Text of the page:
The University of Strathclyde’s Principal has been elected President of the Royal Academy of Engineering (RAEng).
Professor Sir Jim McDonald became the first Scottish holder of the office after he was chosen by Fellows of the Academy at its AGM (Annual General Meeting) in London. The election follows his nomination by RAEng’s Trustee Board earlier this year.
Sir Jim, Principal of Strathclyde for the past decade, has a career in engineering spanning 40 years and is one of the UK’s foremost experts in the field. He co-chairs the Scottish Government’s Energy Advisory Board with the First Minister and chairs the Independent Glasgow Economic Leadership Board.
Sir Jim was knighted in 2012 for services to education, engineering and the economy.
Sir Jim said: “It is a tremendous honour and endorsement to be appointed to this prestigious post with the Royal Academy of Engineering.
“Engineering makes a vast contribution to the national and global economy and has an immense impact on everyday life: in the technology we use; the buildings we live and work in; the medical treatments we receive; the energy and water supplies we rely on; the digital communications we use; and, the roads and transport we use for travel.
“The sector will continue to prosper through enhancing the skills of its existing workers and producing highly-qualified new recruits. Educational institutions and industry both have an important role to play in this and are both represented in RAEng, which acts as a dedicated and vital advocate for engineering in all its disciplines.
“Engineering in the UK has a proud and enviable history. It also has great potential for the future and I look forward to supporting and championing the sector in my new role.”
The Royal Academy of Engineering brings together the most talented and successful engineers in the UK to advance and promote excellence in engineering for the benefit of society. It gives policy advice to government; it delivers funding and programmes which help exceptional engineering researchers and innovators realise their potential; it promotes engineering to the public and it provides global leadership for the profession.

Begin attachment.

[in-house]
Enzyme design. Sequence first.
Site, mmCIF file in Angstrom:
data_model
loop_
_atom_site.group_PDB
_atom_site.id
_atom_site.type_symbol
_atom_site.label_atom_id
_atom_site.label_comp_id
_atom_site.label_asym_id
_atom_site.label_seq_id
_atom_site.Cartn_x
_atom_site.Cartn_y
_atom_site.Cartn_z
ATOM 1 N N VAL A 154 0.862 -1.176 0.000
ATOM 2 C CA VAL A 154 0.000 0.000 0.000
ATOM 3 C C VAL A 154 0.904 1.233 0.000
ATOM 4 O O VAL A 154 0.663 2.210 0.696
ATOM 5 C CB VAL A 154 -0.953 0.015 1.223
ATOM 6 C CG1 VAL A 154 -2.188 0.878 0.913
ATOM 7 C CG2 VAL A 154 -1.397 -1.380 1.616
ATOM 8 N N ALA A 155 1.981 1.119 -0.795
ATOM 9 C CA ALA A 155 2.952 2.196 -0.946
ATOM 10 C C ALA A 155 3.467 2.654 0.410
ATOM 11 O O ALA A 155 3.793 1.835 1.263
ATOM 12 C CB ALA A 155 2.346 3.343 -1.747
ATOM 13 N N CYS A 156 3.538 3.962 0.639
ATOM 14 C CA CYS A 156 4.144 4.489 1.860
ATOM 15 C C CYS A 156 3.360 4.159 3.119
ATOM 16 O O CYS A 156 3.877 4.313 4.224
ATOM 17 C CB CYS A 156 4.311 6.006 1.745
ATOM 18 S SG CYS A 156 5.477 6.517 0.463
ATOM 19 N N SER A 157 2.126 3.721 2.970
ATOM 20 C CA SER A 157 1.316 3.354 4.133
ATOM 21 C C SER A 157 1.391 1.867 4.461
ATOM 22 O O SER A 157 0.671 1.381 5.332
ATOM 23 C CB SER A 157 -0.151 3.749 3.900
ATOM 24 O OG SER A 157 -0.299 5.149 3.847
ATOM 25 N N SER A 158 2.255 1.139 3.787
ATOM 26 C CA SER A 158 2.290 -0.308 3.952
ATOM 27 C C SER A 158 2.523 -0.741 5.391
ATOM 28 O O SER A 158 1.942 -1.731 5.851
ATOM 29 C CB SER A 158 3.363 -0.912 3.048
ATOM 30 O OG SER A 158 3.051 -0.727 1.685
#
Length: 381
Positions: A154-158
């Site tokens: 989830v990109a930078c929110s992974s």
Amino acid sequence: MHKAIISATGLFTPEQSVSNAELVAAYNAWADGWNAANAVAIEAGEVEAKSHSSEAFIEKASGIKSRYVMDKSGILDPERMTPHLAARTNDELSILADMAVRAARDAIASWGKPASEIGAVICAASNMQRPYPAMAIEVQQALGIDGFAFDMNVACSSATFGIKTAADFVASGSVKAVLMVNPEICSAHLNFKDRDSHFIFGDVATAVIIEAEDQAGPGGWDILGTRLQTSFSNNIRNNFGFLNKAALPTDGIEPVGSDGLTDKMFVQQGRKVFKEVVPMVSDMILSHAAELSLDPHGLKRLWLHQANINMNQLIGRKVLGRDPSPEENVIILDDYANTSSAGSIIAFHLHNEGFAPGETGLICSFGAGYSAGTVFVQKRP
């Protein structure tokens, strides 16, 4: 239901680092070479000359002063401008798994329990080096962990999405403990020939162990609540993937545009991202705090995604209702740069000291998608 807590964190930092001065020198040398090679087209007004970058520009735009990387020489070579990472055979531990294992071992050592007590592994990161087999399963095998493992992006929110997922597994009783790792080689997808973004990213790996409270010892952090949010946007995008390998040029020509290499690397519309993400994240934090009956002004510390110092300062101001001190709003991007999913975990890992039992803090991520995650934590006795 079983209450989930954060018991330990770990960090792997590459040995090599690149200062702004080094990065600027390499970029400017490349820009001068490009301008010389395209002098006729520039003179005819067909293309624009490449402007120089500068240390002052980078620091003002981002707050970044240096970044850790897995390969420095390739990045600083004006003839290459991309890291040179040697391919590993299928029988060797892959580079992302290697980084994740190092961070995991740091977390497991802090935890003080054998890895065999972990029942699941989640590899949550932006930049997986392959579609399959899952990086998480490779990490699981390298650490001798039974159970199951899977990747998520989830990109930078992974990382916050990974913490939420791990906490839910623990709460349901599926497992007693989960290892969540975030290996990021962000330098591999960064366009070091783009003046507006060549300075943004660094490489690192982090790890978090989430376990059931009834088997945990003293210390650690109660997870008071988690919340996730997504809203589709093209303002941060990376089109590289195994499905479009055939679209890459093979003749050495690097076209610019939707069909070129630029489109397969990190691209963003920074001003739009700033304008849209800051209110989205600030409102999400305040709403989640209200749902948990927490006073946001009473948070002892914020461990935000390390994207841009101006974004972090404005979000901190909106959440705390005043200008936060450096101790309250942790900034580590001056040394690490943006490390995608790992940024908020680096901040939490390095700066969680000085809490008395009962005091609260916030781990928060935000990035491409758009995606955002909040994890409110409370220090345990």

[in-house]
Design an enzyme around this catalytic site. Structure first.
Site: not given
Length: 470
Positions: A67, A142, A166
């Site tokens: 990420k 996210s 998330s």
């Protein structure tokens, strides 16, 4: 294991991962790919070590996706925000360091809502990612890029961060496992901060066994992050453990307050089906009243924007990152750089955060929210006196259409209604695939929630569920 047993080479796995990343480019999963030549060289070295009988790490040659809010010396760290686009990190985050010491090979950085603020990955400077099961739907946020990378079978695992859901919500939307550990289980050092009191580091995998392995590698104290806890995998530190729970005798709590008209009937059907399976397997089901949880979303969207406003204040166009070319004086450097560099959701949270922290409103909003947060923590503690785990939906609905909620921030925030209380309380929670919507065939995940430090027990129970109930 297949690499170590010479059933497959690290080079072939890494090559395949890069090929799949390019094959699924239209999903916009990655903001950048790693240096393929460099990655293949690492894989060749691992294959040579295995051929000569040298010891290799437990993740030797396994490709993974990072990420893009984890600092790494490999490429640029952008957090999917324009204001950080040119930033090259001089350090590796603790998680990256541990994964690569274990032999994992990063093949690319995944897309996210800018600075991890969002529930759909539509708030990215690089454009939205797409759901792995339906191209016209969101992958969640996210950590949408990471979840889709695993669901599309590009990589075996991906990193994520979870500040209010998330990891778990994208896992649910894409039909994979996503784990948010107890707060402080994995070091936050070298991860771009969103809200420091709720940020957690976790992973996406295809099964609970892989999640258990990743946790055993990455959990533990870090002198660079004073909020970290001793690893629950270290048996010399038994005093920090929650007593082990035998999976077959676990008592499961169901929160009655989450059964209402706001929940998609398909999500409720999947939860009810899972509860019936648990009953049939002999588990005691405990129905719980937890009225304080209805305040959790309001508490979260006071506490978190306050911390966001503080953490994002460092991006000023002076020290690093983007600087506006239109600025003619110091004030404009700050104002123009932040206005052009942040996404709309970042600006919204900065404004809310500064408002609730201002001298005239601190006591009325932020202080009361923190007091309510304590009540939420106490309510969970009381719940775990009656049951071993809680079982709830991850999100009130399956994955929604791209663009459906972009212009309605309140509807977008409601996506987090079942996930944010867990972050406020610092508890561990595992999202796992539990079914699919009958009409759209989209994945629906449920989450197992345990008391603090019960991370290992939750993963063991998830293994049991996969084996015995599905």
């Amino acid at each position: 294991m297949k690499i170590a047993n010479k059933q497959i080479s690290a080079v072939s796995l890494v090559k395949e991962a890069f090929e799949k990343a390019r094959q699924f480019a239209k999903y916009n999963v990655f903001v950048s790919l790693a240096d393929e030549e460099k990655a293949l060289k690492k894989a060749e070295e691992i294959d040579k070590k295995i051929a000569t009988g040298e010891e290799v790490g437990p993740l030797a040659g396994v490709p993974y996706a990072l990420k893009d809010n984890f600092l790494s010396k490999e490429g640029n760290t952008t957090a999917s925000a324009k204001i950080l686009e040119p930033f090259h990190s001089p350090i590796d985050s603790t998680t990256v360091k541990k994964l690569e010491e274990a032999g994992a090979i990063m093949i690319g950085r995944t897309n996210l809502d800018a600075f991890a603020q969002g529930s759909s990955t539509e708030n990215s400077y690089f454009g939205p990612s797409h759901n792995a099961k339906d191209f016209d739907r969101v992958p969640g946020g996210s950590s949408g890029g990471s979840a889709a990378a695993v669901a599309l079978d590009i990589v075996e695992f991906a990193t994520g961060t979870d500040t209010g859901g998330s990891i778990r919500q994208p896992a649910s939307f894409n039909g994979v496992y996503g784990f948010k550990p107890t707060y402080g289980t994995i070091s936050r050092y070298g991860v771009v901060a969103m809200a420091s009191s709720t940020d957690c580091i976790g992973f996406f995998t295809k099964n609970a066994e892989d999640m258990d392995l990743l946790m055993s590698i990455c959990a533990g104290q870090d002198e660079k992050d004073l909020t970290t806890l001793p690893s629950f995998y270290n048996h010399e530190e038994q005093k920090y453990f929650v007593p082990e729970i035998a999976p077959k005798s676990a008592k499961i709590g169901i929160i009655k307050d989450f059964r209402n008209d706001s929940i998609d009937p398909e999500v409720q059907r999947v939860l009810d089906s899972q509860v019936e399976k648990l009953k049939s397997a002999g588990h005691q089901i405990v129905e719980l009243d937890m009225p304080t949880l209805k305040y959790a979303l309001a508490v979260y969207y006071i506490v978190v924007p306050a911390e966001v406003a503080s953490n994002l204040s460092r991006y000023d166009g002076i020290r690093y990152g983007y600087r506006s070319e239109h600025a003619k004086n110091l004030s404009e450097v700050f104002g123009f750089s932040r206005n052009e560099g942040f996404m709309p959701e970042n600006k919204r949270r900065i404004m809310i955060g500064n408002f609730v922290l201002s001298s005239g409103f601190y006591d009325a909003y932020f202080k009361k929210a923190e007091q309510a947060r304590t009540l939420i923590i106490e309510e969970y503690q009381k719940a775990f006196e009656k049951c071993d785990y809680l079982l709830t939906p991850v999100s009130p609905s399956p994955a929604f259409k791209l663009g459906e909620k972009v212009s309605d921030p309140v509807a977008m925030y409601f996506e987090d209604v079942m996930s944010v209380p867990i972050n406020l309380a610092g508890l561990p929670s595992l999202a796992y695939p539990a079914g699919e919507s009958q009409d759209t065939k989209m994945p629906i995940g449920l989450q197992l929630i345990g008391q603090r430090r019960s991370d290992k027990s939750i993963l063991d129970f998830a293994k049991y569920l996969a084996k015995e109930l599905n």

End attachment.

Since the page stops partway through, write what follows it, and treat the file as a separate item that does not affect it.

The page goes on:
Glasgow-born, Sir Jim gained his first degree in Electronic and Electrical Engineering from Strathclyde before going on to take Masters and PhD degrees at the University in the field of power and energy systems.
After working in the electrical utility sector for seven years, Sir Jim returned to Strathclyde in 1984. He was later appointed Head of the Department of Electronic and Electrical Engineering and Deputy Principal for Research and Knowledge Exchange before becoming Principal in 2009.
He is a Fellow of the Royal Academy of Engineering, the Royal Society of Edinburgh, the Institution of Engineering and Technology, the Institute of Physics and the Energy Institute.
In 2019, Sir Jim received the Energy Institute’s Melchett Award in recognition of his contribution to the energy sector.
Sir Jim is the 10th RAEng President to be appointed since the Academy’s inception in 1976 and the fourth to be an Electrical Engineering graduate. Previous Presidents include Dame Ann Dowling, Lord Hinton of Bankside, Viscount Caldecote, Sir Denis Rooke, Sir William Barlow, Sir David Davies, Lord Broers, Lord Browne and Sir John Parker.
RAEng also announced the election of 54 new Fellows, including Professor Dracos Vassalos, of Strathclyde’s Department of Naval Architecture, Ocean and Marine Engineering.
Professor Vassalos is a Professor of Maritime Safety and Director of the Maritime Safety Research Centre, an industry-academia inter-disciplinary partnership based at Strathclyde. In his 40-year career in industry and academia, he has promoted the use of scientific approaches in maritime safety and risk, including environmental risk.
He previously received RAEng’s Sustainable Achievement Award, the Royal Institution of Naval Architects’ Froude Medal and the David Taylor Medal from the Society of Naval Architects and Marine Engineers in the US. He is one of only four people to have received both the Froude Medal and the David Taylor medal.
Of the Academy’s 1600 Fellows, half are drawn from business and industry, with the remainder being drawn from academia.